The classes of anti-HIV drugs include:
- Non-nucleoside reverse transcriptase inhibitors (NNRTIs). NNRTIs disable a protein needed by HIV to make copies of itself. Examples include efavirenz (Sustiva), etravirine (Intelence) and nevirapine (Viramune).
- Nucleoside reverse transcriptase inhibitors (NRTIs). NRTIs are faulty versions of building blocks that HIV needs to make copies of itself. Examples include Abacavir (Ziagen), and the combination drugs emtricitabine and tenofovir (Truvada), and lamivudine and zidovudine (Combivir).
- Protease inhibitors (PIs). PIs disable protease, another protein that HIV needs to make copies of itself. Examples include atazanavir (Reyataz), darunavir (Prezista), fosamprenavir (Lexiva) and ritonavir (Norvir).
Entry or fusion inhibitors. These drugs block HIV’s entry into CD4 cells. Examples include enfuvirtide (Fuzeon) and maraviroc (Selzentry).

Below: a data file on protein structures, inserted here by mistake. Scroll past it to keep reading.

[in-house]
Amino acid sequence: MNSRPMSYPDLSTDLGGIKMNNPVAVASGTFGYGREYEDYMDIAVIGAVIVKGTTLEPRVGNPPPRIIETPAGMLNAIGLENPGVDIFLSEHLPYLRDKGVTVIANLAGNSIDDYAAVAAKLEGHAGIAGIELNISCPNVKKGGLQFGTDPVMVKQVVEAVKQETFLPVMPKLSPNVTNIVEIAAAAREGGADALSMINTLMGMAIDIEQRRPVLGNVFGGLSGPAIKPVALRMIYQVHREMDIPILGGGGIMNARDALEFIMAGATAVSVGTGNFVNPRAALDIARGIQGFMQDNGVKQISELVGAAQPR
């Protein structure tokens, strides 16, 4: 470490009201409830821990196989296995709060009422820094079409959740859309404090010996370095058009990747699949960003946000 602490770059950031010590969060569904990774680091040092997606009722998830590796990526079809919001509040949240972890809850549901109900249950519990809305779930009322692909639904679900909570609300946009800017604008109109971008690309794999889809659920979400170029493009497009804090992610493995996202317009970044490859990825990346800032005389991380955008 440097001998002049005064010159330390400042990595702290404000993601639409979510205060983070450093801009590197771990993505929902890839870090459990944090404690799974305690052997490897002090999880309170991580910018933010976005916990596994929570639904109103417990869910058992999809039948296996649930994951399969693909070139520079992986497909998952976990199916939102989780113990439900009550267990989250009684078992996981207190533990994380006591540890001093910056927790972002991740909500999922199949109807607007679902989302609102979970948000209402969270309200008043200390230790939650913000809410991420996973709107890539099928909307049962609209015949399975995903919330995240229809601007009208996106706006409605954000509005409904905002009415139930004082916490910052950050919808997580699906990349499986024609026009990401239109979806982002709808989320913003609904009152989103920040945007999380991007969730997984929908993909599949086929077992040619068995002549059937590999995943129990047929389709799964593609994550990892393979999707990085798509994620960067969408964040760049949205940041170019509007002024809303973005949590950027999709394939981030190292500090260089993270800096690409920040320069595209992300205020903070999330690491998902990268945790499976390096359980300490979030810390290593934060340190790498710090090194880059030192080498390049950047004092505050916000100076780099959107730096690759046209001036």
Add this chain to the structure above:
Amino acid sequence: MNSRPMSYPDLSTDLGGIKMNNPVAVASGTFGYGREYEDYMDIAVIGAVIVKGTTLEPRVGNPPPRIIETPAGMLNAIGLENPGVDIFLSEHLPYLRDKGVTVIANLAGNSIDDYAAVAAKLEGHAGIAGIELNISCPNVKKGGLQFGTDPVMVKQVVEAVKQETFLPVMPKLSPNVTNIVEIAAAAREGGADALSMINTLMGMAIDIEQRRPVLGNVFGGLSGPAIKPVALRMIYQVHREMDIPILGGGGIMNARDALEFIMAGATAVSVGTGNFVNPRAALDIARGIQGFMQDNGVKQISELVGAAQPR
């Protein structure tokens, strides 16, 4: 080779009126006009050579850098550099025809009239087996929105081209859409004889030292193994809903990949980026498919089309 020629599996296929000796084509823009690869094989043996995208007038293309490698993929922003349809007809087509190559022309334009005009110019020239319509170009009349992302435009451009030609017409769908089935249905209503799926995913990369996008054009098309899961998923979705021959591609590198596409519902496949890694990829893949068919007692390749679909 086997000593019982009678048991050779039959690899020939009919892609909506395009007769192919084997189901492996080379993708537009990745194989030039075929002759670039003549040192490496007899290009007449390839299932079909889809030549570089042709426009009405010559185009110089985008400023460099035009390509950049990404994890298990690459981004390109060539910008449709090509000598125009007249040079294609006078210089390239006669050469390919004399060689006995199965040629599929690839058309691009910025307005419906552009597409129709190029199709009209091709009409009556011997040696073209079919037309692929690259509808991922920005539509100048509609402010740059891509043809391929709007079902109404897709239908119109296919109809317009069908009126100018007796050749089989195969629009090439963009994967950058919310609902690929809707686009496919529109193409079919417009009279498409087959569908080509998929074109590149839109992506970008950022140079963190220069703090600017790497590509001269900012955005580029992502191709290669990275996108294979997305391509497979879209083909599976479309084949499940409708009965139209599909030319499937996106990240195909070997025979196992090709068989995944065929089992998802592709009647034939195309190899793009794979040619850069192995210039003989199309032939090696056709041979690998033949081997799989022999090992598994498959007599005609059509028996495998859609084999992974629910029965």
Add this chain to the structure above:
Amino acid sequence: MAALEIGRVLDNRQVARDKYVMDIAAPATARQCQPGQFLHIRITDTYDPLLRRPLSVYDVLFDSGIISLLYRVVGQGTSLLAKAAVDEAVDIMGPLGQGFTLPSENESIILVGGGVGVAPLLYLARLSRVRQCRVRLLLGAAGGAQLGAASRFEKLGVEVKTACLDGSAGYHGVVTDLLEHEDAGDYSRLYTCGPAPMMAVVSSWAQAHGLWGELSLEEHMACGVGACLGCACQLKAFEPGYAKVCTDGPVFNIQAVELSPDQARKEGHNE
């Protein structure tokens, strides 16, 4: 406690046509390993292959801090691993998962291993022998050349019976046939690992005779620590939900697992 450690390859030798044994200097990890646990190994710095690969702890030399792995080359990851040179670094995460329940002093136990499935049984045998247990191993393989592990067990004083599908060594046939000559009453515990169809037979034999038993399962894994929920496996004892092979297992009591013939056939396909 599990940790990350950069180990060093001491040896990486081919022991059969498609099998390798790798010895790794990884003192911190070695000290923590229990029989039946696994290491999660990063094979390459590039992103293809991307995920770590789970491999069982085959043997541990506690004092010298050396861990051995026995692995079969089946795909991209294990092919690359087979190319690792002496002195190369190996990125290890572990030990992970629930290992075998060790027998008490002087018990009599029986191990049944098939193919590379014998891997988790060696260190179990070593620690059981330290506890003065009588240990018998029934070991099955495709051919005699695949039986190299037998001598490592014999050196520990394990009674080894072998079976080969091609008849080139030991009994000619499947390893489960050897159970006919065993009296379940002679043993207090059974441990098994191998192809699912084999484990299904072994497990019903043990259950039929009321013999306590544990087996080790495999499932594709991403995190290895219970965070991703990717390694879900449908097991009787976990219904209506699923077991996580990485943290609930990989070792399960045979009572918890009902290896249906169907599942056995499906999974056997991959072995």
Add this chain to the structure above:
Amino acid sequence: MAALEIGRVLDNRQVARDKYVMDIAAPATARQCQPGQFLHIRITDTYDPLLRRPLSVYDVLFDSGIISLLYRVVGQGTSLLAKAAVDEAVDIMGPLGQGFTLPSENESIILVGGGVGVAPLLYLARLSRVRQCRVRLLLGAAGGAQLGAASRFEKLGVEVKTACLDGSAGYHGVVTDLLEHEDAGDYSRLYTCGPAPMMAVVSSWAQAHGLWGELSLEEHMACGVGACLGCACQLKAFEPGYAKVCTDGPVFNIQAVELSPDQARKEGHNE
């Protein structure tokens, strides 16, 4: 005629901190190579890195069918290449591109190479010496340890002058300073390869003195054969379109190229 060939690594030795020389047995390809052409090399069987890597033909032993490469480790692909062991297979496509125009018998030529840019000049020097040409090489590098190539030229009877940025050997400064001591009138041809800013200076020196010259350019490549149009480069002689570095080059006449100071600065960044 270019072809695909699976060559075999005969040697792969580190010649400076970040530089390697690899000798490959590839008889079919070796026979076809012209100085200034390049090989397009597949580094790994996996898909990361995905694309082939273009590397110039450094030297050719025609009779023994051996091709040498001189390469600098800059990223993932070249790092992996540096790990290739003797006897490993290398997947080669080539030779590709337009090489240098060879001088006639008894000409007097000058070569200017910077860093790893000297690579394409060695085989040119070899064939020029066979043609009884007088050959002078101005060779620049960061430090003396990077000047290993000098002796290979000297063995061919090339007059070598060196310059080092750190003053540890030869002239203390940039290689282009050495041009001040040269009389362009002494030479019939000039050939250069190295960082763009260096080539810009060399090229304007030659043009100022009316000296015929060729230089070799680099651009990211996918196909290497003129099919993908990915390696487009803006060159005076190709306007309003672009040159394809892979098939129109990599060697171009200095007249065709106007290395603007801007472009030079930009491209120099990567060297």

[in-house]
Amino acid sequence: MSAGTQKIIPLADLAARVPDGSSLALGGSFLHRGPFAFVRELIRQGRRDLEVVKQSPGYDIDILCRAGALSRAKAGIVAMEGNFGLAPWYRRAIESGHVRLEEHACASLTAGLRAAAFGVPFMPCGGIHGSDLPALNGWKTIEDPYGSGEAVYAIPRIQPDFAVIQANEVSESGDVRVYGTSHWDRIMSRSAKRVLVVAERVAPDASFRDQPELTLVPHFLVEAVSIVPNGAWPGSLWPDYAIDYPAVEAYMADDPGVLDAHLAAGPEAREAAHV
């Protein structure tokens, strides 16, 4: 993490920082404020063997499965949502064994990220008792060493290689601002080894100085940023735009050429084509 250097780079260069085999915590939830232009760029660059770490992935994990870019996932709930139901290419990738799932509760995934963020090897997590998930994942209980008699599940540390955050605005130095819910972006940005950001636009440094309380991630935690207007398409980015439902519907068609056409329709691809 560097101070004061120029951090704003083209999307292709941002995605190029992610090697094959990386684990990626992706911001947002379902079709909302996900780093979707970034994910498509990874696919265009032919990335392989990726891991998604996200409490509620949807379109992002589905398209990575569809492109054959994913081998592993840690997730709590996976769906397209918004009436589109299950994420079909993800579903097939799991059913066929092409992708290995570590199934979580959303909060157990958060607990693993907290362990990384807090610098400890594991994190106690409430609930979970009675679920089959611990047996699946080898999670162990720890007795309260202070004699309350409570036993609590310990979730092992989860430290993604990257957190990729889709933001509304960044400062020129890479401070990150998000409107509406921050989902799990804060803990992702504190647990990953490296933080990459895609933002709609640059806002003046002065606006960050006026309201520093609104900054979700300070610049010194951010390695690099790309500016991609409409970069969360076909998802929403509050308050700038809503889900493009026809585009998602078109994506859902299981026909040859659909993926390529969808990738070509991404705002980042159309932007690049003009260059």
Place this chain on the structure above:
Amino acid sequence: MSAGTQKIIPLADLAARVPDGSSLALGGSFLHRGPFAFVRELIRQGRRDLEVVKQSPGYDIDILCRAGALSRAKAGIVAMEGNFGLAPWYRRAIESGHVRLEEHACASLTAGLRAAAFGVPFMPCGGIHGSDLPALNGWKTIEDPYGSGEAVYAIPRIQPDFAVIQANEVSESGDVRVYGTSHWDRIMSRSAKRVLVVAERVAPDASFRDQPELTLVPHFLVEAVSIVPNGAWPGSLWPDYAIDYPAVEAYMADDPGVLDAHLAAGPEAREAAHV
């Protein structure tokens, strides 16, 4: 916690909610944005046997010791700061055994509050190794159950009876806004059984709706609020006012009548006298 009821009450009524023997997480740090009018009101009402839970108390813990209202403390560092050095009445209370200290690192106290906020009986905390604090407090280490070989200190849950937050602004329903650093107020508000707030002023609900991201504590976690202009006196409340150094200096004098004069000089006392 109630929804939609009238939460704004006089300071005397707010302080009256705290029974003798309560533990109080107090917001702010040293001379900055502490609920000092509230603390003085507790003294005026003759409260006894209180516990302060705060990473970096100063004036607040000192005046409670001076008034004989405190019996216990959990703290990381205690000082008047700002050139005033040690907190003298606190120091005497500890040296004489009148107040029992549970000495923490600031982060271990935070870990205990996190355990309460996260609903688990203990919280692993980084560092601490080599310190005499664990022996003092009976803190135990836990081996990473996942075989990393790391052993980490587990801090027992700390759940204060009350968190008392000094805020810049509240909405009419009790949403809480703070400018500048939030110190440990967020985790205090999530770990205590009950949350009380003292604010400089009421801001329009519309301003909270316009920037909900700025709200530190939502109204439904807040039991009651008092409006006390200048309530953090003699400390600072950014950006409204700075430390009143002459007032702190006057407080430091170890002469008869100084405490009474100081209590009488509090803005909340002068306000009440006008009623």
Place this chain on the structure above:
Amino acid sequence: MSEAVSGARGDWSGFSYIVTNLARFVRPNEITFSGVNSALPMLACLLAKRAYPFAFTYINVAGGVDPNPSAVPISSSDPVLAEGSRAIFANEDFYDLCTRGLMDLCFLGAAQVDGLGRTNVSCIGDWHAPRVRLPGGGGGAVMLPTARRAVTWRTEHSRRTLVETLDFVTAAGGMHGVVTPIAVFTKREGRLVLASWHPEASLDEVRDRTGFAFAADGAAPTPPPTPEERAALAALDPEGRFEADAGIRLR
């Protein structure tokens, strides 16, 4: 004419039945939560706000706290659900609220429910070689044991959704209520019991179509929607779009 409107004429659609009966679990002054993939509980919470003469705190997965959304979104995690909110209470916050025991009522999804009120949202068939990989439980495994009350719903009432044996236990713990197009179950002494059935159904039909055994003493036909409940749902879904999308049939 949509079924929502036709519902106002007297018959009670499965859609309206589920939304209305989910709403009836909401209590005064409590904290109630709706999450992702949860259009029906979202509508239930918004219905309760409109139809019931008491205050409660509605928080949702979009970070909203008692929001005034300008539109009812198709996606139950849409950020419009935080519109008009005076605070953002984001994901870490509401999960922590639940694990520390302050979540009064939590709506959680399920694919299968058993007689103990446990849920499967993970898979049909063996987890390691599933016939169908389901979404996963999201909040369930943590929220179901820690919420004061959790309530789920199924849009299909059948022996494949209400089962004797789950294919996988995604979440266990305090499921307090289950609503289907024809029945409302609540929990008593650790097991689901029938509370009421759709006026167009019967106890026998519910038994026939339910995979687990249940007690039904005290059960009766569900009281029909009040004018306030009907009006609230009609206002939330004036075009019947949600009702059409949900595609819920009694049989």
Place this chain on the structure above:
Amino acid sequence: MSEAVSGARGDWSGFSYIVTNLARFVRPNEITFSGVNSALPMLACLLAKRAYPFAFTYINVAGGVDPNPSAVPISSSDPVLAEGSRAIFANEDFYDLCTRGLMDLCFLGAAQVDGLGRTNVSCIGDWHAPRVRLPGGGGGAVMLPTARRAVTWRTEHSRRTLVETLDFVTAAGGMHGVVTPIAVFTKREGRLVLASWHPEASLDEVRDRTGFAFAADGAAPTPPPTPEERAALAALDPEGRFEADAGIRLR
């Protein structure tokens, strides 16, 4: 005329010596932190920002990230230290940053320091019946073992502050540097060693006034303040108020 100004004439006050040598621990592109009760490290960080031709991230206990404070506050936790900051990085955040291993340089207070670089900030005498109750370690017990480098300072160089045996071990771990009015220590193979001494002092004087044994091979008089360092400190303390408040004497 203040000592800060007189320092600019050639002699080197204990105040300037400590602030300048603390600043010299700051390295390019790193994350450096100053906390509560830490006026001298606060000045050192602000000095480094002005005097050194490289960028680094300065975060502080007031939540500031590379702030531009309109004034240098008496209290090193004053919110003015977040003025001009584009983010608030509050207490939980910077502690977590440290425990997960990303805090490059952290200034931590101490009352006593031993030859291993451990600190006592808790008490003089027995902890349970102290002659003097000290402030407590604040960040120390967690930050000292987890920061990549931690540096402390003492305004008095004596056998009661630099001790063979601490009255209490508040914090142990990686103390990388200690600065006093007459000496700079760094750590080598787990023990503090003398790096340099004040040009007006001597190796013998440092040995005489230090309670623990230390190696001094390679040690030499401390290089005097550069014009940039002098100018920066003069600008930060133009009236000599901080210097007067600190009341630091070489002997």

- Integrase inhibitors. Raltegravir (Isentress) works by disabling integrase, a protein that HIV uses to insert its genetic material into CD4 cells.
These organizations offer more information on HIV/AIDS and related services.
Centers for Disease Control
The federal agency serves as the national public health institute of the United States.
Gay Men’s Health Crisis
A New York-based non-profit, AIDS service organization.
National HIV and STD Testing Resources
Find HIV and STD testing sites near you.
Test Positive Aware Network
This Chicago-based organization offers peer-led support programs and collaborative wellness services.